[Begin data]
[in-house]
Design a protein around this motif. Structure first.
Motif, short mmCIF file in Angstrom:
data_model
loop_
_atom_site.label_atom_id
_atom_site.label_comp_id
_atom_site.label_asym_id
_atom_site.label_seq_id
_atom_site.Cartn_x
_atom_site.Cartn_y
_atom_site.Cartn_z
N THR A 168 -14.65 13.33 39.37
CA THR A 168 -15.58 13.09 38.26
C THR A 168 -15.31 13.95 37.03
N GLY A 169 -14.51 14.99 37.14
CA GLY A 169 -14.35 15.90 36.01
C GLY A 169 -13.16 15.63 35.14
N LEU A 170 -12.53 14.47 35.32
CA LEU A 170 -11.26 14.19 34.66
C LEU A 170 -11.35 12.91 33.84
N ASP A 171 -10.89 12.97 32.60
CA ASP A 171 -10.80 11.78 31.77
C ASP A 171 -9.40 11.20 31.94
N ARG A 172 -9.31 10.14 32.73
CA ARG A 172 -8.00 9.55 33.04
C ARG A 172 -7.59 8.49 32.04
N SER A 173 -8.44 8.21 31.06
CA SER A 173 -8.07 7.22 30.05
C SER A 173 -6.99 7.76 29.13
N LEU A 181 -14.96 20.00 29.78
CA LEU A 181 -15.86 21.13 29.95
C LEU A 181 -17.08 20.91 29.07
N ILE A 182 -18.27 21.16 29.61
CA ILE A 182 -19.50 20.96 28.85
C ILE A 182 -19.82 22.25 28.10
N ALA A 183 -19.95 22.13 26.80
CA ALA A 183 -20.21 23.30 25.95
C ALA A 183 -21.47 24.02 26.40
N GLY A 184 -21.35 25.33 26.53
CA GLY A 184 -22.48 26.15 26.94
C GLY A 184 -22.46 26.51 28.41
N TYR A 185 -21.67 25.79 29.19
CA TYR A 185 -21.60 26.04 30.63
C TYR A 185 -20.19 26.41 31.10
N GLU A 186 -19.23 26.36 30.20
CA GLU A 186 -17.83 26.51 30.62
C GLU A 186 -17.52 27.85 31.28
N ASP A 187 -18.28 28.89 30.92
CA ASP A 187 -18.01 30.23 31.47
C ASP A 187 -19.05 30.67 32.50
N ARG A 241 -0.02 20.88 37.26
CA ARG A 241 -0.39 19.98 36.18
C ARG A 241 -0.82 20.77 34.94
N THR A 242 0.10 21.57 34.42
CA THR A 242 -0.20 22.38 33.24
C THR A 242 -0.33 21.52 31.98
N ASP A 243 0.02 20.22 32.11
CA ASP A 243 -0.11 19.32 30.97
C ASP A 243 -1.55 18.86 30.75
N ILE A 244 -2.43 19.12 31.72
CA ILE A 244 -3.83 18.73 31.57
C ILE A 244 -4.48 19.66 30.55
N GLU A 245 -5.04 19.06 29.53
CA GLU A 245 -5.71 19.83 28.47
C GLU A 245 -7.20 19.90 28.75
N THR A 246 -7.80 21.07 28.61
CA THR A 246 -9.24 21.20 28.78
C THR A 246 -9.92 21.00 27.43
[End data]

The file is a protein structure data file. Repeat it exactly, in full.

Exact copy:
[in-house]
Design a protein around this motif. Structure first.
Motif, short mmCIF file in Angstrom:
data_model
loop_
_atom_site.label_atom_id
_atom_site.label_comp_id
_atom_site.label_asym_id
_atom_site.label_seq_id
_atom_site.Cartn_x
_atom_site.Cartn_y
_atom_site.Cartn_z
N THR A 168 -14.65 13.33 39.37
CA THR A 168 -15.58 13.09 38.26
C THR A 168 -15.31 13.95 37.03
N GLY A 169 -14.51 14.99 37.14
CA GLY A 169 -14.35 15.90 36.01
C GLY A 169 -13.16 15.63 35.14
N LEU A 170 -12.53 14.47 35.32
CA LEU A 170 -11.26 14.19 34.66
C LEU A 170 -11.35 12.91 33.84
N ASP A 171 -10.89 12.97 32.60
CA ASP A 171 -10.80 11.78 31.77
C ASP A 171 -9.40 11.20 31.94
N ARG A 172 -9.31 10.14 32.73
CA ARG A 172 -8.00 9.55 33.04
C ARG A 172 -7.59 8.49 32.04
N SER A 173 -8.44 8.21 31.06
CA SER A 173 -8.07 7.22 30.05
C SER A 173 -6.99 7.76 29.13
N LEU A 181 -14.96 20.00 29.78
CA LEU A 181 -15.86 21.13 29.95
C LEU A 181 -17.08 20.91 29.07
N ILE A 182 -18.27 21.16 29.61
CA ILE A 182 -19.50 20.96 28.85
C ILE A 182 -19.82 22.25 28.10
N ALA A 183 -19.95 22.13 26.80
CA ALA A 183 -20.21 23.30 25.95
C ALA A 183 -21.47 24.02 26.40
N GLY A 184 -21.35 25.33 26.53
CA GLY A 184 -22.48 26.15 26.94
C GLY A 184 -22.46 26.51 28.41
N TYR A 185 -21.67 25.79 29.19
CA TYR A 185 -21.60 26.04 30.63
C TYR A 185 -20.19 26.41 31.10
N GLU A 186 -19.23 26.36 30.20
CA GLU A 186 -17.83 26.51 30.62
C GLU A 186 -17.52 27.85 31.28
N ASP A 187 -18.28 28.89 30.92
CA ASP A 187 -18.01 30.23 31.47
C ASP A 187 -19.05 30.67 32.50
N ARG A 241 -0.02 20.88 37.26
CA ARG A 241 -0.39 19.98 36.18
C ARG A 241 -0.82 20.77 34.94
N THR A 242 0.10 21.57 34.42
CA THR A 242 -0.20 22.38 33.24
C THR A 242 -0.33 21.52 31.98
N ASP A 243 0.02 20.22 32.11
CA ASP A 243 -0.11 19.32 30.97
C ASP A 243 -1.55 18.86 30.75
N ILE A 244 -2.43 19.12 31.72
CA ILE A 244 -3.83 18.73 31.57
C ILE A 244 -4.48 19.66 30.55
N GLU A 245 -5.04 19.06 29.53
CA GLU A 245 -5.71 19.83 28.47
C GLU A 245 -7.20 19.90 28.75
N THR A 246 -7.80 21.07 28.61
CA THR A 246 -9.24 21.20 28.78
C THR A 246 -9.92 21.00 27.43